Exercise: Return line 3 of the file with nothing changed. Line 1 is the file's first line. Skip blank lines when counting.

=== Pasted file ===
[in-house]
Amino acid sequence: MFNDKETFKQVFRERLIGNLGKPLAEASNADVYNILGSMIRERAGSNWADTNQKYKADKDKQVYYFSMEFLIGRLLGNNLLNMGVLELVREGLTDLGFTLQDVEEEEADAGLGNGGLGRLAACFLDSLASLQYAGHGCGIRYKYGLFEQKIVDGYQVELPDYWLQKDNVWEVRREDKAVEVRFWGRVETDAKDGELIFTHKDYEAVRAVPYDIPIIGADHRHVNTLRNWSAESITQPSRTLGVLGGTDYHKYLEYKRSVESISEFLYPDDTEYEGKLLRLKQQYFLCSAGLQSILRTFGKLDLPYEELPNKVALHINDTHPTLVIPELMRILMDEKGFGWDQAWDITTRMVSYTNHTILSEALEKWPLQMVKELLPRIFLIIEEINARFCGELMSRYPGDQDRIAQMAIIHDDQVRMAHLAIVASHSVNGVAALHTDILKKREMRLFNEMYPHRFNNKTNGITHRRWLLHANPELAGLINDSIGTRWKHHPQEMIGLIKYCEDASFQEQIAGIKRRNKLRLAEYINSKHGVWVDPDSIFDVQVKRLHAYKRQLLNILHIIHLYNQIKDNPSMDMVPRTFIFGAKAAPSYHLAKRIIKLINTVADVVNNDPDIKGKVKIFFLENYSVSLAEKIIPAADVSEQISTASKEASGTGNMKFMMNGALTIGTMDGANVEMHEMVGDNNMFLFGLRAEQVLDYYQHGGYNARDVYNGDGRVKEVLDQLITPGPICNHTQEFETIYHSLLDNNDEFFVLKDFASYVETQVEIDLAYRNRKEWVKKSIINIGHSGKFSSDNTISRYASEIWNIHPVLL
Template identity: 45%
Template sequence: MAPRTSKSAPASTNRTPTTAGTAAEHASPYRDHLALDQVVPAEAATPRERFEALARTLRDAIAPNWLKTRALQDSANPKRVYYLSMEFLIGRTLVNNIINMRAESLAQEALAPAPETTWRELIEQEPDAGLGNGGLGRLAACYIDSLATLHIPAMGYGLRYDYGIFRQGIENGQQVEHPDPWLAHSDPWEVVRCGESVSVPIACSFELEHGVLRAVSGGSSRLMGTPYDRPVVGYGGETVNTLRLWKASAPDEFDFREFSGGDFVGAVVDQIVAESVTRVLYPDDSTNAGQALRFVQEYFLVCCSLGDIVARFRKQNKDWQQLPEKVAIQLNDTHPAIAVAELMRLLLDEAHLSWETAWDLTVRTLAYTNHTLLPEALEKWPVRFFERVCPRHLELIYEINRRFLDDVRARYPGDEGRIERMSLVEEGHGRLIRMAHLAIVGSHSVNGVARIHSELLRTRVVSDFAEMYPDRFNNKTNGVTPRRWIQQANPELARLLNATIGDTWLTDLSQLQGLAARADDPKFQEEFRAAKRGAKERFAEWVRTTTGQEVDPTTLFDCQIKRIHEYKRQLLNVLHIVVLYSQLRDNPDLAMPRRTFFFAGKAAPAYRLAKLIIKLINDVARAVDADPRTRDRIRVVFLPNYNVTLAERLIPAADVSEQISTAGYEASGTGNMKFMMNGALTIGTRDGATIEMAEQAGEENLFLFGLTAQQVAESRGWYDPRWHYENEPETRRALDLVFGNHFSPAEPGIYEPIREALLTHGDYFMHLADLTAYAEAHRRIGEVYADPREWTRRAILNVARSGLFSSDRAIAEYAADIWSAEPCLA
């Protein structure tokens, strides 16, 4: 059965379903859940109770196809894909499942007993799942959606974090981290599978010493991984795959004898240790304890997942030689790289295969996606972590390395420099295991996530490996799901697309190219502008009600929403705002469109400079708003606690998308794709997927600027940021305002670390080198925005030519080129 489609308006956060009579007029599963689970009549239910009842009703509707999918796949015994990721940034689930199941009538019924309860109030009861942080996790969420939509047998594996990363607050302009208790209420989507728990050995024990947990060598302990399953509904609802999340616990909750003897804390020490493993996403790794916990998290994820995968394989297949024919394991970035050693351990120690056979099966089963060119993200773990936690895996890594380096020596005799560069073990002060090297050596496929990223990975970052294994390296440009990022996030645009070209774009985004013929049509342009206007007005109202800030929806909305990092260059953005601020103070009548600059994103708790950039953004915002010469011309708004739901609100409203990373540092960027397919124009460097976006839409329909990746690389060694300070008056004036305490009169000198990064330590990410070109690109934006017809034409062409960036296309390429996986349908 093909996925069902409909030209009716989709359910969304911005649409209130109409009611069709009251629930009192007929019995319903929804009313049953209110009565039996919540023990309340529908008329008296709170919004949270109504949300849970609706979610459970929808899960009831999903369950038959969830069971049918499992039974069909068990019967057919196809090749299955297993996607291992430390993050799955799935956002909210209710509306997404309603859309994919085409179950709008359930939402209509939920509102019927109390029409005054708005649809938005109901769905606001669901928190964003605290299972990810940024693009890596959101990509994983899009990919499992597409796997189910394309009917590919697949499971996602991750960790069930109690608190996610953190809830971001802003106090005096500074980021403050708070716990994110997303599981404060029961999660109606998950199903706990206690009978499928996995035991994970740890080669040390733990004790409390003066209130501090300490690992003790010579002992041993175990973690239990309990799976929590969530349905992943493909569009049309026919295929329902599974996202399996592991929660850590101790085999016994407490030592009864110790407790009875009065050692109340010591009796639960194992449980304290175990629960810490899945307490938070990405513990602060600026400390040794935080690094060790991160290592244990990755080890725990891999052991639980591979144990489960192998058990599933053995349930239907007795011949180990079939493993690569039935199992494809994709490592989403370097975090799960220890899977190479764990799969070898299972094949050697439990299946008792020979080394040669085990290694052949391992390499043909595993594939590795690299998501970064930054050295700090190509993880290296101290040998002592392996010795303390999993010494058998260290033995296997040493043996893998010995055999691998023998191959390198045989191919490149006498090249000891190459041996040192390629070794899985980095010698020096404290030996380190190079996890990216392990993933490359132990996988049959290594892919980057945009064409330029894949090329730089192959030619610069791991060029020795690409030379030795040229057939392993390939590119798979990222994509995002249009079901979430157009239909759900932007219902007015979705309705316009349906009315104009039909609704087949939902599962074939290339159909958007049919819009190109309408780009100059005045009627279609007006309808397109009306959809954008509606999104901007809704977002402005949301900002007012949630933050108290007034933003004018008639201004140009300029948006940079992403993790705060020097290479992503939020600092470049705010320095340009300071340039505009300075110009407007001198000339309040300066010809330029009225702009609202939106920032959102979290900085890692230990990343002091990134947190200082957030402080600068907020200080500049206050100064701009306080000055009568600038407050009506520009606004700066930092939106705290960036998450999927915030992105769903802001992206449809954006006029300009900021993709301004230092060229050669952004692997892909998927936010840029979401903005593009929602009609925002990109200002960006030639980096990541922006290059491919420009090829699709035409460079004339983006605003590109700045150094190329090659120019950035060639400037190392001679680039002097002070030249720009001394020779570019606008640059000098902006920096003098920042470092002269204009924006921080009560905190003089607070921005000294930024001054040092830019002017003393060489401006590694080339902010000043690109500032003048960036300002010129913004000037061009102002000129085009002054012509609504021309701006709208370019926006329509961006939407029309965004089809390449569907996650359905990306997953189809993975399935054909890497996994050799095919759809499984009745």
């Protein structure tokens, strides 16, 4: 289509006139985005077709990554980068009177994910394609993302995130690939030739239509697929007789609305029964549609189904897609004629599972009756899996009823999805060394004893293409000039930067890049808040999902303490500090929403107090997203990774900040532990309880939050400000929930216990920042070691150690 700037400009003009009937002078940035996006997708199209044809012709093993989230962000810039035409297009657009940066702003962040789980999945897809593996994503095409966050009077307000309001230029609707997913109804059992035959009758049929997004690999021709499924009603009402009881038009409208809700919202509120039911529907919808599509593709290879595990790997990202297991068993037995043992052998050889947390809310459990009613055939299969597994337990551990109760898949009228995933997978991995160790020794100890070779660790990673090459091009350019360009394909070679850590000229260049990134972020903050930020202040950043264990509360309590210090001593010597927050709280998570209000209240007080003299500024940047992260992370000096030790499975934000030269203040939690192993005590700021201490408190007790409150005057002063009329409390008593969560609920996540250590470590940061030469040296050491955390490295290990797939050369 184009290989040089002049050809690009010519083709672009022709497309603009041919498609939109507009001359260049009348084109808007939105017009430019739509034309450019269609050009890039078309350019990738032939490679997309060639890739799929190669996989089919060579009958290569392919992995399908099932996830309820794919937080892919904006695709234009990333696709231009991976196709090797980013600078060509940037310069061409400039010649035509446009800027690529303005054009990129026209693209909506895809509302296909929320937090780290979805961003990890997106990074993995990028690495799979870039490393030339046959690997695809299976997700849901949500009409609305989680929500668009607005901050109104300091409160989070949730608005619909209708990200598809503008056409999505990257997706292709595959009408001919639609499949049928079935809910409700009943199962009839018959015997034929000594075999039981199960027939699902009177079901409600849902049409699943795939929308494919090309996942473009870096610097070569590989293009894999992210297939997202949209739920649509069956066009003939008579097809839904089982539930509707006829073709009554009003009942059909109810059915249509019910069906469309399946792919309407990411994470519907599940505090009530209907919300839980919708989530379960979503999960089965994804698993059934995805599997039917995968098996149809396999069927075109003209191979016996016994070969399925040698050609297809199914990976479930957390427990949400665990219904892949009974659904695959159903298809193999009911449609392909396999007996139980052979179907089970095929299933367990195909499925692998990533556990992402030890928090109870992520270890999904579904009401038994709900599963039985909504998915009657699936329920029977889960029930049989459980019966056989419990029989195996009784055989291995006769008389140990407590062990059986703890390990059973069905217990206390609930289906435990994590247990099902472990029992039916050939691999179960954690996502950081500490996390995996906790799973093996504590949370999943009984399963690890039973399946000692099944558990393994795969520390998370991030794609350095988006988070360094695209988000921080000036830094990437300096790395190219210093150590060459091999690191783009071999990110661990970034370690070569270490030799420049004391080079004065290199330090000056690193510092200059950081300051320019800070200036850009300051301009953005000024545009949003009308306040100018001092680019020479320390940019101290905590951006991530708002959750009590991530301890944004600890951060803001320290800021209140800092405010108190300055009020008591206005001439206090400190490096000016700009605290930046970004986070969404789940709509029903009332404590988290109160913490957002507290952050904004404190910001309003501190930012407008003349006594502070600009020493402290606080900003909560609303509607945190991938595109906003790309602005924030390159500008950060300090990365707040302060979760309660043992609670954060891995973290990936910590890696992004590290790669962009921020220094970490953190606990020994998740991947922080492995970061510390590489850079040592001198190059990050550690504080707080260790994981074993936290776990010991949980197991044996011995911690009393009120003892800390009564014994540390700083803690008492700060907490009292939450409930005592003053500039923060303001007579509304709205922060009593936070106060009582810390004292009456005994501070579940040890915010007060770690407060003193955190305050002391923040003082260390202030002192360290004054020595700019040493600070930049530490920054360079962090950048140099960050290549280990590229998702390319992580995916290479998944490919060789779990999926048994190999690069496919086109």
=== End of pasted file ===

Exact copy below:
Template identity: 45%